“Okay, Mum, are you going to say grace?”

“Of course.” Anna had always said grace every Thanksgiving. This year, despite all the changes, her daughter Mary had worked so hard to make their Thanksgiving perfect; Anna was determined she would somehow do her part too.

Searching for inspiration, Anna looked around the table. Karen, her youngest, had a wrestler’s grip around four-year-old Josh as he belly-laughed and tried to lunge for the turkey.

“Hurry!” Karen pleaded.

Her brother, Dave, a little bleary-eyed from too much pre-dinner, big-game beer, was trying to smile alertly and failing rather miserably. Joyce his wife was looking uncertainly at the casserole of possible unmentionables she had created. Cooking was so not her thing.

Mary was repeatedly taking her daughter’s hands off the silverware while they waited. Steve stared at the uncarved turkey steaming on the platter, like it might fight back when he took a knife to it.

The older grandchildren were smiling like angels while they kicked and poked under the table.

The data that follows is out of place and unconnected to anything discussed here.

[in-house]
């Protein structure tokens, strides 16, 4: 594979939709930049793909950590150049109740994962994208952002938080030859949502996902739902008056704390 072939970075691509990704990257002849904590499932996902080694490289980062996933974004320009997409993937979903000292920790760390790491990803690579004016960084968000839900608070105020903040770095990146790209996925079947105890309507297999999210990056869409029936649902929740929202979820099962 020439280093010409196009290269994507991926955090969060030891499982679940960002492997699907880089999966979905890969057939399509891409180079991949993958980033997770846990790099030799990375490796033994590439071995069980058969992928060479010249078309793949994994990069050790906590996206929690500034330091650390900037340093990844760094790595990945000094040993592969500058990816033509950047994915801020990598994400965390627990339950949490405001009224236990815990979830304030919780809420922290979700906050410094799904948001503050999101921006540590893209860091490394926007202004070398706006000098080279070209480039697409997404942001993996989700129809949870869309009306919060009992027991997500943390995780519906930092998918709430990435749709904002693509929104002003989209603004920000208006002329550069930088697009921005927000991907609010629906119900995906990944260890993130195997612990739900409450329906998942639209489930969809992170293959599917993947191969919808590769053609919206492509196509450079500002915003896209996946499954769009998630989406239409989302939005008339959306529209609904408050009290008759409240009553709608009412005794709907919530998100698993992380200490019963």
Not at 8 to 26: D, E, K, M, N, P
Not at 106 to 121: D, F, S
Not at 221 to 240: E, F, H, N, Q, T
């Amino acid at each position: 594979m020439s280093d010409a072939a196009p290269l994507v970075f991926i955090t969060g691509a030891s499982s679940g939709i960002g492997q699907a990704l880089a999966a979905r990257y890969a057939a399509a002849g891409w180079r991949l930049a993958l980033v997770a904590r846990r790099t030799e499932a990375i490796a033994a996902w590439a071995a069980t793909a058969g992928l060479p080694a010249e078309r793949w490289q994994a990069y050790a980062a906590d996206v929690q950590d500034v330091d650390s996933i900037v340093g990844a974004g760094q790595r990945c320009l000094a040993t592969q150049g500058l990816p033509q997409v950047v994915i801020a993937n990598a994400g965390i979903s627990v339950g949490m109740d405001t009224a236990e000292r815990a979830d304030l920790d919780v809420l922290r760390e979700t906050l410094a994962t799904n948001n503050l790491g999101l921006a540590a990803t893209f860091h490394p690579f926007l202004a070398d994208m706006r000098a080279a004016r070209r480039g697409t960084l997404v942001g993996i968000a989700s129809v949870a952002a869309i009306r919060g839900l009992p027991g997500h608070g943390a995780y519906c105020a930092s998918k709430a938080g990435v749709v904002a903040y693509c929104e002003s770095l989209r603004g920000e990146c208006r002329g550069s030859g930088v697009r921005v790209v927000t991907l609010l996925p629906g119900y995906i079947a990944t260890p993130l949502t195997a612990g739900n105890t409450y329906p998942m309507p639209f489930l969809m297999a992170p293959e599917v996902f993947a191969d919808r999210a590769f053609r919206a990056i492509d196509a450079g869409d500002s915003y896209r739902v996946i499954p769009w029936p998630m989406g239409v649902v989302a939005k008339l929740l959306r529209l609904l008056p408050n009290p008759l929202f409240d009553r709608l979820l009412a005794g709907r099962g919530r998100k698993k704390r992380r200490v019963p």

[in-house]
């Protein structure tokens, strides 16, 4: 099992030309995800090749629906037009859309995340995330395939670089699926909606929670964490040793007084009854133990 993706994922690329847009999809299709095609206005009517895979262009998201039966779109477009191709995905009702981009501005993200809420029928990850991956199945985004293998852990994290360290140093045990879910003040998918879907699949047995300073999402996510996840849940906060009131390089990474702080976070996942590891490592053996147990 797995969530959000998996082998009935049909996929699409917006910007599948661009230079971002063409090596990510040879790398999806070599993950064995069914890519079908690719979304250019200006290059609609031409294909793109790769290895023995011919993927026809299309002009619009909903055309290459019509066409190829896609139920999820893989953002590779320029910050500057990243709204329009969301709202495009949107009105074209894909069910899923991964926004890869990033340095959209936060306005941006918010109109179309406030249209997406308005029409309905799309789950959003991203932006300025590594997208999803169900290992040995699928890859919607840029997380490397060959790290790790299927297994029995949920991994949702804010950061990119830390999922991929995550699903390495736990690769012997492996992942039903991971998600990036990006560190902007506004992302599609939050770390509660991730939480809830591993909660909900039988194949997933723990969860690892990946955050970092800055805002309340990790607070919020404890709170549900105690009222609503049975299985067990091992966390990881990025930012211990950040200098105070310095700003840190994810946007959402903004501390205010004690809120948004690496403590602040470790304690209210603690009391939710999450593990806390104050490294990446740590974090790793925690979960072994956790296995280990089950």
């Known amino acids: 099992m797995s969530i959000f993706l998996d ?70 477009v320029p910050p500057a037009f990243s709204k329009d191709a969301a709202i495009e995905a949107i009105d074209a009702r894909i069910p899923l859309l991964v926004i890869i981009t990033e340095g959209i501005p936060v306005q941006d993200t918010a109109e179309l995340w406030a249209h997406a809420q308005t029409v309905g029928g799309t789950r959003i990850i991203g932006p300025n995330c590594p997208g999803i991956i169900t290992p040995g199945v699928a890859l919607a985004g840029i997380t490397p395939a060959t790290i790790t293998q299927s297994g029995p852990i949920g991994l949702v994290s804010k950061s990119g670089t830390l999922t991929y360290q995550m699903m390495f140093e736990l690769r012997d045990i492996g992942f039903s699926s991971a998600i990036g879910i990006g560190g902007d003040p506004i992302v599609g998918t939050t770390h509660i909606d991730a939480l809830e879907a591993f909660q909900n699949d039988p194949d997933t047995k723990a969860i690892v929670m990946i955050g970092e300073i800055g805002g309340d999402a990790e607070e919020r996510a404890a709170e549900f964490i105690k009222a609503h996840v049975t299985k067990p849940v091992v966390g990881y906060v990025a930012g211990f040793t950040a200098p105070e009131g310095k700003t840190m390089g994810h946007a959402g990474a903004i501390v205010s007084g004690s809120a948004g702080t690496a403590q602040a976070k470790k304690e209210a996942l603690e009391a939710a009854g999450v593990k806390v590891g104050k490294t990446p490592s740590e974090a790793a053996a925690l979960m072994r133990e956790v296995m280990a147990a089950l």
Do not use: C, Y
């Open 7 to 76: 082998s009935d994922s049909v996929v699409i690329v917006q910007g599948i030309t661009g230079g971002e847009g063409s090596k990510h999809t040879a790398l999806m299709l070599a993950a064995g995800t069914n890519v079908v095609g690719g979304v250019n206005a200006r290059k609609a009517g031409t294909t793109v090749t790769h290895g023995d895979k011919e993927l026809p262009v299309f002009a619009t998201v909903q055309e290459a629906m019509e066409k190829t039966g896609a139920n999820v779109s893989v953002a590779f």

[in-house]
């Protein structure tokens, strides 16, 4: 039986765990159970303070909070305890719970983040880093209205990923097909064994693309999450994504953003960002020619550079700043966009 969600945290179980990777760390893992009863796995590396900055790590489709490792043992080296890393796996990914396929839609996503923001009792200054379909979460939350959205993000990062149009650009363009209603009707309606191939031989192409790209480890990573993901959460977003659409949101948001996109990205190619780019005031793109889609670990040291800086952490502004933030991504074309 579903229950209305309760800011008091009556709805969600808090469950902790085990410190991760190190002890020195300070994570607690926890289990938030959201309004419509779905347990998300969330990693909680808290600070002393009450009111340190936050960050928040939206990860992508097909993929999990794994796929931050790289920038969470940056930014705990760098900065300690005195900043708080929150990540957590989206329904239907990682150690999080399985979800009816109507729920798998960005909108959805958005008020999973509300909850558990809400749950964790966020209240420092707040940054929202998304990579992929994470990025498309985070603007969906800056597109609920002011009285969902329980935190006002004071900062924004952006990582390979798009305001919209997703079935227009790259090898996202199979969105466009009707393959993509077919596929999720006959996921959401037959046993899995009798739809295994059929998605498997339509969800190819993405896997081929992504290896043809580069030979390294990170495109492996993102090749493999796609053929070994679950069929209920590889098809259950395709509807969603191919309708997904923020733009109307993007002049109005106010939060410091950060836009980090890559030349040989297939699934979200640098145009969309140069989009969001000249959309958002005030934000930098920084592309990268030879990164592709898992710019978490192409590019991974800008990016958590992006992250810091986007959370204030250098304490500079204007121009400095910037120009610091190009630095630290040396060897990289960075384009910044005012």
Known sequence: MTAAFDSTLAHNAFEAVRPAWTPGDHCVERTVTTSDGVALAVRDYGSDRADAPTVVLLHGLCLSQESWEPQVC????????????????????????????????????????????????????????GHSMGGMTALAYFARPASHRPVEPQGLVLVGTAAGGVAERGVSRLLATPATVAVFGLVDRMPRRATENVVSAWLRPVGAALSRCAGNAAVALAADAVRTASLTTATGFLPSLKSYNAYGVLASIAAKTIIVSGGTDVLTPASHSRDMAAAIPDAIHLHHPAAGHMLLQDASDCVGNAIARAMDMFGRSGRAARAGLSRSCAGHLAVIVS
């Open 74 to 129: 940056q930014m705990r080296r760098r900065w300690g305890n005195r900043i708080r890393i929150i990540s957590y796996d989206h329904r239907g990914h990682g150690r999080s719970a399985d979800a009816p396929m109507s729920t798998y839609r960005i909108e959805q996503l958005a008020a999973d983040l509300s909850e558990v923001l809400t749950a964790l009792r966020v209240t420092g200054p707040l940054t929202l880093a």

There were 11 gathered around for the feast – all Anna’s children, their spouses and their offspring. Mary and Steve and Krissy; Dave and Joyce; Karen and Michael and Jayden, Josh, and Julie.

Tim wasn’t here. Tim would never be here again.

“Mum?” Mary urged.

Anna obediently bowed her head as though to pray, but she had nothing in her. Instead her mind spun back over years; smells and sounds were her wayposts.

Pumpkin spice…the slight warmth and brush of his skin against her arm as Tim lifted and sniffed her first attempt at pumpkin pie. “Well. I don’t know…it might be risking my life, but I’ll try it.”

A throb of cold light as the nurses raced her to the delivery room. She lay on a hard gurney, as some fool shouted, “Don’t push!”

The chill of ocean water spraying her skin as she dandled toddler Mary in the waves while Tim laughed and snapped photos…she still had to get all the old pictures in albums.

The smell of hot sweat and feel of good earth on her fingers as she and Tim planted trees in the then-barren yard of their tract home.

The silence around the table as they waited for Anna to pray. The silence of the hospital room when it was done.

“Mum?” Karen asked. “Should we…?”

Outside, sun broke from clouds and the shaft of light threw a pattern of shadow and light across the faces around her. Her life. The magnificent richness of her life.

Anna laughed, and grabbed the water glass Josh nearly knocked over.

“Good food, good drink. Good God, let’s eat!” Anna declared.

And as they all laughed and passed food and dug in, Anna whispered. “Thank you.”